(ECNS) -- Didi Chuxing, China's largest ride-hailing platform, said a shortage of taxi drivers and increasing demand have made ride-hailing more difficult in several cities, such as Beijing, Shanghai, Wuhan and Hangzhou.
Taxi transport capability in big cities dropped sharply in recent days as many drivers left to visit their hometowns for Spring Festival, China's Lunar New Year, said Luo Wen, a senior director at Didi Chuxing.
The number of car-hailing drivers has decreased 25 percent, but passengers and orders increased about 30 percent at the same time, Luo said, quoting data from Didi Chuxing.
A woman surnamed Xiong in Beijing told cnr.cn that she was required to pay 15 yuan (.18) to 20 yuan as premium to get a taxi one night in Beijing.
"Didi Chuxing said the premium was required during peak hours, but it was 9 pm," Xiong said, adding that she refused, and failed to get a taxi for more than 70 minutes that night.
Xiao Liu, another citizen in the capital, has given up on taxis when travelling in the city. She complained that Didi Chuxing is making taxi hailing more difficult by compiling data on travel patterns that is provided to drivers, who then choose riders according to their own destinations and potential prices.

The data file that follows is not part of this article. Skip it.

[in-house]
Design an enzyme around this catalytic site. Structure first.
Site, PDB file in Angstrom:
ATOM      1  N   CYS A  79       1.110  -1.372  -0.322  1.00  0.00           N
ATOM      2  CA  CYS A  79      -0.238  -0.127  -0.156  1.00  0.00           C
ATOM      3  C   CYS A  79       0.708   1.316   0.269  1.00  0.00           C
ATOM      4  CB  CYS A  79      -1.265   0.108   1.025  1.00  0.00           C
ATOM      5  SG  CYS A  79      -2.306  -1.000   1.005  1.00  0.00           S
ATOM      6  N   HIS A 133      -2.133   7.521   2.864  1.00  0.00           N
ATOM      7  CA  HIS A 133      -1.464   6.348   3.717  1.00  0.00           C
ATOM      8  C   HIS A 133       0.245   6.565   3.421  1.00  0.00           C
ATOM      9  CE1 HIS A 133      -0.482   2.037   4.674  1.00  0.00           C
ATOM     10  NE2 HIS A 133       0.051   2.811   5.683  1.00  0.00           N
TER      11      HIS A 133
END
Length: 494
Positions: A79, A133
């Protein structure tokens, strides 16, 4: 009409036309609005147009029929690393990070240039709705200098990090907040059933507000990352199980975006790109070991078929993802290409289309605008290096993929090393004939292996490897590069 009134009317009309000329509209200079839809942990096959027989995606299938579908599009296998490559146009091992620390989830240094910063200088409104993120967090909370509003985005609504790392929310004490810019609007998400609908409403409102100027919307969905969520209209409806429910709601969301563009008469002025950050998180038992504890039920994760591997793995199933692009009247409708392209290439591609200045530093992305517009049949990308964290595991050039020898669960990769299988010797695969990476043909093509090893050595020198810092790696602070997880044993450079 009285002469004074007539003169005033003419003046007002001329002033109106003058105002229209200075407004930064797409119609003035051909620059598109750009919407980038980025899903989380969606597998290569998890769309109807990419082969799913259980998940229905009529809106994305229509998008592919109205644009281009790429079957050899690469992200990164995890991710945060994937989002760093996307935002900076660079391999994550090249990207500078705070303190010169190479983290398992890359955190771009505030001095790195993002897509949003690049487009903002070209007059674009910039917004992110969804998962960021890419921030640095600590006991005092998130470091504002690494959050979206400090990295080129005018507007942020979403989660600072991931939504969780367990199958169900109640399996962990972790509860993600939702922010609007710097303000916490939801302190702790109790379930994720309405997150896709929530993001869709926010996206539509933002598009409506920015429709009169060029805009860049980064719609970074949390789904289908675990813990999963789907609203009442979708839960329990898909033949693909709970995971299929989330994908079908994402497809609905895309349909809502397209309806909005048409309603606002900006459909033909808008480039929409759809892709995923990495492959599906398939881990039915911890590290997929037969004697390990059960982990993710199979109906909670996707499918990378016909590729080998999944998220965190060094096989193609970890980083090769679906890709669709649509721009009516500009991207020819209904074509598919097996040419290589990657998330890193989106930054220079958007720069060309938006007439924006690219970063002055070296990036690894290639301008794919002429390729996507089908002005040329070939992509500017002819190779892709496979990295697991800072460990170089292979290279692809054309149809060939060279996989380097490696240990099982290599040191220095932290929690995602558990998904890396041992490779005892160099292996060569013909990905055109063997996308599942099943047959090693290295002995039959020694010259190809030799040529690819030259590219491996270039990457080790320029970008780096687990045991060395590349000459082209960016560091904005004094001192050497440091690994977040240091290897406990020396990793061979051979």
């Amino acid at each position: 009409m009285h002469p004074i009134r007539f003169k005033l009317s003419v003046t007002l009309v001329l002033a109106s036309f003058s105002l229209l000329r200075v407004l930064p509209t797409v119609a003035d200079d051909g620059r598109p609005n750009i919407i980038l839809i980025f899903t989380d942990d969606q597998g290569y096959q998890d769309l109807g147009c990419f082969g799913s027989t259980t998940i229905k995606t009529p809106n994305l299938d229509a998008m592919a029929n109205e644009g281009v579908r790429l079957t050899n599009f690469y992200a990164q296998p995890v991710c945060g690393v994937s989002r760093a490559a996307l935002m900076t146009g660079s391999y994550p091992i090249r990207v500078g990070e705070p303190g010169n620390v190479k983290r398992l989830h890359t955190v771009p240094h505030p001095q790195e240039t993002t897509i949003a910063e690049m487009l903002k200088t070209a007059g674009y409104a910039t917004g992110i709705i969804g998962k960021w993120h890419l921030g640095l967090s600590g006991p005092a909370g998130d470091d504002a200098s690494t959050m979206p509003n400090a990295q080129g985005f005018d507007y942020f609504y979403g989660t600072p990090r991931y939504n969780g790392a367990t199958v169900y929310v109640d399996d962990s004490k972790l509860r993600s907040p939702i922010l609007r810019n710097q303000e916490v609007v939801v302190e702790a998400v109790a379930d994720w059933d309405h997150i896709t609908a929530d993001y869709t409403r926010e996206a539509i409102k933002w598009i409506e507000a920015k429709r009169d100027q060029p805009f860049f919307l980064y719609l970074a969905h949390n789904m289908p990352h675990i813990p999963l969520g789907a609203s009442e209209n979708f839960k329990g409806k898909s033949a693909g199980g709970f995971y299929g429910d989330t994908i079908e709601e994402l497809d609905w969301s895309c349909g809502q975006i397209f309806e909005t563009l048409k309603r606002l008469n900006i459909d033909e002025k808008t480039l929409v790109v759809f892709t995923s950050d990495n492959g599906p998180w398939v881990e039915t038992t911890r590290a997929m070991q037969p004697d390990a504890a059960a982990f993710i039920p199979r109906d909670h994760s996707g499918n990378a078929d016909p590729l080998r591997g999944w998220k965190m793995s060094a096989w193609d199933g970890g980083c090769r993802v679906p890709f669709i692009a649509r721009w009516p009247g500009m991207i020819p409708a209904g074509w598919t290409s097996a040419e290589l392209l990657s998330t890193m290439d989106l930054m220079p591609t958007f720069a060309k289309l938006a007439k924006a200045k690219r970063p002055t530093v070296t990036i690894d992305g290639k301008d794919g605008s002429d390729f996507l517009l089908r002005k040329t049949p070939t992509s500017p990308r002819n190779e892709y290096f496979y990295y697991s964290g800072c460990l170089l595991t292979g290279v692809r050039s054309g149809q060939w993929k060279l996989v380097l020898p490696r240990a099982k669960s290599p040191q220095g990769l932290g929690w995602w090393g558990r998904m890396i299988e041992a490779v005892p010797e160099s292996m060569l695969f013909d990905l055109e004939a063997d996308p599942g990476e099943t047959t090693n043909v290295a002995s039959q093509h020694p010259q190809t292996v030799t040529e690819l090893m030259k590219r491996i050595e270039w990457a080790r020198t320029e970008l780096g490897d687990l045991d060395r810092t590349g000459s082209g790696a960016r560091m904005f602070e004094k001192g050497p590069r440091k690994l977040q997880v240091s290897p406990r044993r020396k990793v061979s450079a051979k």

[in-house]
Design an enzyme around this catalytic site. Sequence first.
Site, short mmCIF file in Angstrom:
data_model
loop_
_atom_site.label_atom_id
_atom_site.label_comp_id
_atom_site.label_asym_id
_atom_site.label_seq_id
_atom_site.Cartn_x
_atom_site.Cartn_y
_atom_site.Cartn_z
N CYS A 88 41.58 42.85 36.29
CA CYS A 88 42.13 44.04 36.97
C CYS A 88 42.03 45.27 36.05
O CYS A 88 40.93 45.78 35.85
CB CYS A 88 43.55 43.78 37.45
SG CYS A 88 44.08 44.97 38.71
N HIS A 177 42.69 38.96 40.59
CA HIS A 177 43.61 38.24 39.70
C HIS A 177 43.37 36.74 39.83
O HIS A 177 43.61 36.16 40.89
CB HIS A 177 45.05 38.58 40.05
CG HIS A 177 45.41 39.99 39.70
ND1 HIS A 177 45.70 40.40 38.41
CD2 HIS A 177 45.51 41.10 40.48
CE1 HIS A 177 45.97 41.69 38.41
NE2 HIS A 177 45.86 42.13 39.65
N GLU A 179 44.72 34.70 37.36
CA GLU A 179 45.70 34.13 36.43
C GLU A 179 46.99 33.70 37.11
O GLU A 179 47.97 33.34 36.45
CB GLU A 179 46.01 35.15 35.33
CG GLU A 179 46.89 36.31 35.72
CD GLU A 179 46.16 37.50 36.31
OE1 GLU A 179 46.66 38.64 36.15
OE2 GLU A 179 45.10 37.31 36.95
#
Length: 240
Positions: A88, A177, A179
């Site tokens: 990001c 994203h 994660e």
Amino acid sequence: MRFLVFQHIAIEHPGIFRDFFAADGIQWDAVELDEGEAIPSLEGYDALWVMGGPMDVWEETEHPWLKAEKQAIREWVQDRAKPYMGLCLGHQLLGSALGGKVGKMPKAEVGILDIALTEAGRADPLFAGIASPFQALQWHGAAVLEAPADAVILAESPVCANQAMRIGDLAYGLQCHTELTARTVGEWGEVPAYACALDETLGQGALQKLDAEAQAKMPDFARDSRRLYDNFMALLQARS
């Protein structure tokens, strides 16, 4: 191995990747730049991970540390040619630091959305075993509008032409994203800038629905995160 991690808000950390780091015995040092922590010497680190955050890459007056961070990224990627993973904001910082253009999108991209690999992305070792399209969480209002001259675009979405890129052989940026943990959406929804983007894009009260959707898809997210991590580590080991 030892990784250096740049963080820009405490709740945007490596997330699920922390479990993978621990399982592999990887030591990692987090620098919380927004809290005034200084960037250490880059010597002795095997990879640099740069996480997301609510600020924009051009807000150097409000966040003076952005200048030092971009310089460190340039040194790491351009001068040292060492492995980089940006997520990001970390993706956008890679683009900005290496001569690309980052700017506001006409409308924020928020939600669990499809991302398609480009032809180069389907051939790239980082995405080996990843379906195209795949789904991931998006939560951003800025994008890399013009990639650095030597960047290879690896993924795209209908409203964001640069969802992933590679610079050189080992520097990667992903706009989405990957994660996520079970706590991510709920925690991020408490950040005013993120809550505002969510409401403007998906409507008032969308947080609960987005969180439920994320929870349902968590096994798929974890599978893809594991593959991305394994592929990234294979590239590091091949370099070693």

Unlike Didi Chuxing's registered private car drivers, taxi drivers are not forced to accept bookings from the platform, said a driver surnamed Wang, adding that they get notices from the platform and accept the ones they like. "When there are a lot of choices and passengers, drivers tend to accept those with high payment, or for a premium," Wang said.
A source said the other core reason is that the number of private cars in Beijing dropped after a new rules took effect on Nov 1 regulating driver and car qualifications.